After The Home Inspection – Sanding The Floors Of Your Staten Island Home

Any home inspection in Staten Island will be able to give you a good idea of the state of the home that you are considering buying. Remember that the home inspection comes after you’re offer has been accepted, but you can be looking forward to cleaning up some of the more cosmetic things in your new place since you know the inspector will find things wrong both inside and outside.

To that end, once you’ve got the home inspection on Staten Island out of the way, you can have a look at things that might not create an emergency down the road but might need to be worked on, like the state of the wood floors. But before you even start repairing them by sanding, have a good look to ensure there is no rot damage. As well, you might want to replace any weak boards where necessary. Remember too that if the moisture that caused the rot is still present, you’ll need to be able to get rid of that source before you start on any other work.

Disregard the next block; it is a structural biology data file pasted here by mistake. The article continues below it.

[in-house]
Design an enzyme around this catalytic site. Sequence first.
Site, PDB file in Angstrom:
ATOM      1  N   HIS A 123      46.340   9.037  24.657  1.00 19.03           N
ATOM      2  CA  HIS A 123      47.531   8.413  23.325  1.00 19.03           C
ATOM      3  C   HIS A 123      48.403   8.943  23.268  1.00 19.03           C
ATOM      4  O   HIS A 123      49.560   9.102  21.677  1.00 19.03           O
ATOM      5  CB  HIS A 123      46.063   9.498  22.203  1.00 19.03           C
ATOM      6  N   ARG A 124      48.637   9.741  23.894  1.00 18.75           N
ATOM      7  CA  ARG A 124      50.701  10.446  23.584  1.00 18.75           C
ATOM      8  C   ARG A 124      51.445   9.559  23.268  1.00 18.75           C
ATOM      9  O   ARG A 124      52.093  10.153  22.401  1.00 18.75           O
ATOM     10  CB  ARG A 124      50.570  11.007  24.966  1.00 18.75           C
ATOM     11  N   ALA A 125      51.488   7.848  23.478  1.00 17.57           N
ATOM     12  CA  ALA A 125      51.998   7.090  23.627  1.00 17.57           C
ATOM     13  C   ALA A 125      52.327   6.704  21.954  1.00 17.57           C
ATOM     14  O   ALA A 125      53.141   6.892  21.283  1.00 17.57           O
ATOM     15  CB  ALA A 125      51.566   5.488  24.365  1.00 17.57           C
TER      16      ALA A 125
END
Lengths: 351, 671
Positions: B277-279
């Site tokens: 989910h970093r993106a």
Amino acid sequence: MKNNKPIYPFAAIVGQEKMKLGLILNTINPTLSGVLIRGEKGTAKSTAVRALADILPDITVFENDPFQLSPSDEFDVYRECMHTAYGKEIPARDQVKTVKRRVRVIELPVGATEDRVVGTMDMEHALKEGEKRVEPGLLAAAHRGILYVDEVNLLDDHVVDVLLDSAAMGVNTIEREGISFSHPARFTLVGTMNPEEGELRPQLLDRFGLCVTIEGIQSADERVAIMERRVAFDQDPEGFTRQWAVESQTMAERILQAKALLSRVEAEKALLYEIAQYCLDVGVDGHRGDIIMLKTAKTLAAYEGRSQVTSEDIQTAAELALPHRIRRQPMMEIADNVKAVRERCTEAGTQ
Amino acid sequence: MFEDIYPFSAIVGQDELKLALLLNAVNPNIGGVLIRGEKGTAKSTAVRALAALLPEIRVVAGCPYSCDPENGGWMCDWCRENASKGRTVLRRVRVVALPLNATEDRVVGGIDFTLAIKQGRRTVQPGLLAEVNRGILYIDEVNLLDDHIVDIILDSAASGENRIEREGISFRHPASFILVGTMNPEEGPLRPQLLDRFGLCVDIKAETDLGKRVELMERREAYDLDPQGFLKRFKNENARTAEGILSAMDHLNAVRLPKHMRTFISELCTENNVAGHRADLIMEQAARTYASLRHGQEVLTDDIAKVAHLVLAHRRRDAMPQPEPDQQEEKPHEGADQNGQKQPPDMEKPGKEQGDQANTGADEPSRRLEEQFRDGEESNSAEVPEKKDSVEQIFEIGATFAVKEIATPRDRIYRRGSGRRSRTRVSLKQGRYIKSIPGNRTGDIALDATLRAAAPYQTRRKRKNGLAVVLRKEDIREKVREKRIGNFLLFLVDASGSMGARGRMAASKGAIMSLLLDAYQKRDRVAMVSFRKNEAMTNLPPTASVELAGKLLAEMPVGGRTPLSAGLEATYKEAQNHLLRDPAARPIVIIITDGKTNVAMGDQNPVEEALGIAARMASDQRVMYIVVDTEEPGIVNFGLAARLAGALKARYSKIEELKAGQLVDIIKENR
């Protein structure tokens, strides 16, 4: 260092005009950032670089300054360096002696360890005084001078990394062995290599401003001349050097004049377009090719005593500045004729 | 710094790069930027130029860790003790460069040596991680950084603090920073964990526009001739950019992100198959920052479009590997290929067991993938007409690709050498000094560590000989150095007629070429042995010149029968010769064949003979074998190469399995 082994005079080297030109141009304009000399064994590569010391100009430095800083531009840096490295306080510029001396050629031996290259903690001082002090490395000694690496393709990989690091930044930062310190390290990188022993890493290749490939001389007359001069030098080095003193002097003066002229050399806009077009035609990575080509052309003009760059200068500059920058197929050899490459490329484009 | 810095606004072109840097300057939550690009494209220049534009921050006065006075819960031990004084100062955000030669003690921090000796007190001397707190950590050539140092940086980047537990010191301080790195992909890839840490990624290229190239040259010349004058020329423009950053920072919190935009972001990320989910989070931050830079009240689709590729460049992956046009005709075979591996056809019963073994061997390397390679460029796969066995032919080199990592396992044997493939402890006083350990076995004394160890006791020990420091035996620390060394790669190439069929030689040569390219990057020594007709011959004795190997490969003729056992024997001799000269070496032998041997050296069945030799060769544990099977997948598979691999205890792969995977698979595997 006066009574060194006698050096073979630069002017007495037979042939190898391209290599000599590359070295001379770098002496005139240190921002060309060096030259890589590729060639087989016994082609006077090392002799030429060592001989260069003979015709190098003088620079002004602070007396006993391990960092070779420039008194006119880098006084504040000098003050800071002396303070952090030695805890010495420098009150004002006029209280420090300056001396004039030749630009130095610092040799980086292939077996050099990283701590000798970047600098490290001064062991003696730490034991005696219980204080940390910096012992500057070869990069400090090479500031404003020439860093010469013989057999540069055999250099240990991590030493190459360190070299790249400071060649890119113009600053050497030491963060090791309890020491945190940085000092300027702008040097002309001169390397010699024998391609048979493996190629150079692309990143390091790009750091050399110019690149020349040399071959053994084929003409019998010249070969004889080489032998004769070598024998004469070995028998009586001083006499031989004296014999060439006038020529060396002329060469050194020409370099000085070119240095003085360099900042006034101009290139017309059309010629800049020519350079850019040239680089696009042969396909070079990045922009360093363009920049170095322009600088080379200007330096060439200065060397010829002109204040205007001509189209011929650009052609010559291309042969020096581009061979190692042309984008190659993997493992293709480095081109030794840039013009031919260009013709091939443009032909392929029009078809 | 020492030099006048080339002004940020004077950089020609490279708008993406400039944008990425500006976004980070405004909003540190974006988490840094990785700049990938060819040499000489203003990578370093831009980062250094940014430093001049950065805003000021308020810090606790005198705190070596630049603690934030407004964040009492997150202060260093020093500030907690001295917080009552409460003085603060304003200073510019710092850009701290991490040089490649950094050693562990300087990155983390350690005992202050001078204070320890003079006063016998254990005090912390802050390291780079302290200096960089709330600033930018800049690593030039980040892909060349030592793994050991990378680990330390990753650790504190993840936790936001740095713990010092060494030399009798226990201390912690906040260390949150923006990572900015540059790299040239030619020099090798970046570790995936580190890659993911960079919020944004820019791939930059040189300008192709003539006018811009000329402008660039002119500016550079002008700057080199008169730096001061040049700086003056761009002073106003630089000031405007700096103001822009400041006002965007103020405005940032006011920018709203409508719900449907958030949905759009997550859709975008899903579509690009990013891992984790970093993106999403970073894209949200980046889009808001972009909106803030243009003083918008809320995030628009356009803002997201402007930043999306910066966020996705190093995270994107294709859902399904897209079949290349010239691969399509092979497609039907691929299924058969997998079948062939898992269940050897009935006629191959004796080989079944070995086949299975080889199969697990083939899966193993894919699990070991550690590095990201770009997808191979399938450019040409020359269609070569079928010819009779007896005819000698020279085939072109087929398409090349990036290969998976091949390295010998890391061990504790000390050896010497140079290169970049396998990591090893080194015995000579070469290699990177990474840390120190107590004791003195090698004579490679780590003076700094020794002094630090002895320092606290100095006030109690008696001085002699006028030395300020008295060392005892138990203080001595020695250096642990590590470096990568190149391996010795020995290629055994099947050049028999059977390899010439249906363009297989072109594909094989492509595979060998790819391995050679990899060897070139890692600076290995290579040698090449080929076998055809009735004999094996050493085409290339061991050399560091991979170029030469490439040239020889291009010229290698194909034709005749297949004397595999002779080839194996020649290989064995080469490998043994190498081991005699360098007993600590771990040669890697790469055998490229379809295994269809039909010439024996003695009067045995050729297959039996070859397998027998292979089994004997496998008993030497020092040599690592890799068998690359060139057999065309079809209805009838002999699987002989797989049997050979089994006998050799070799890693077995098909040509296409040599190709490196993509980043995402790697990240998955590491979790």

Look for boards that have been lifted previously by electricians and plumbers. Replace any that have been compromised by their work and make sure to find all the other places where any trades people or others have damaged the boards. Try to find replacement boards that match the rest of the floor and if you find the need to use new wood, stain or bleach it after the floor has been sanded so that you can match the color of the old boards. As in almost every other job that you can do around the house, preparation work is very important and doing that part of the job properly will save you both time and money in the long run. Although the tendency is to rush to get to the job done, proper preparation also ensures that the end result will look great as well.

There are other things to watch for as well. A raised nail head will rip the paper on a sander’s drum, so drive them all down below the surface with a nail set. As well, there are bound to be boards that have curved one way or the other-these can generally be straightened out with screws through the high areas so that these boards are fastened to the joists underneath.

What you do about the gaps between the boards depends on how much they bother you. One of the quickest ways to realign them is to pick up the boards a few at a time and slide them together before nailing them back in.

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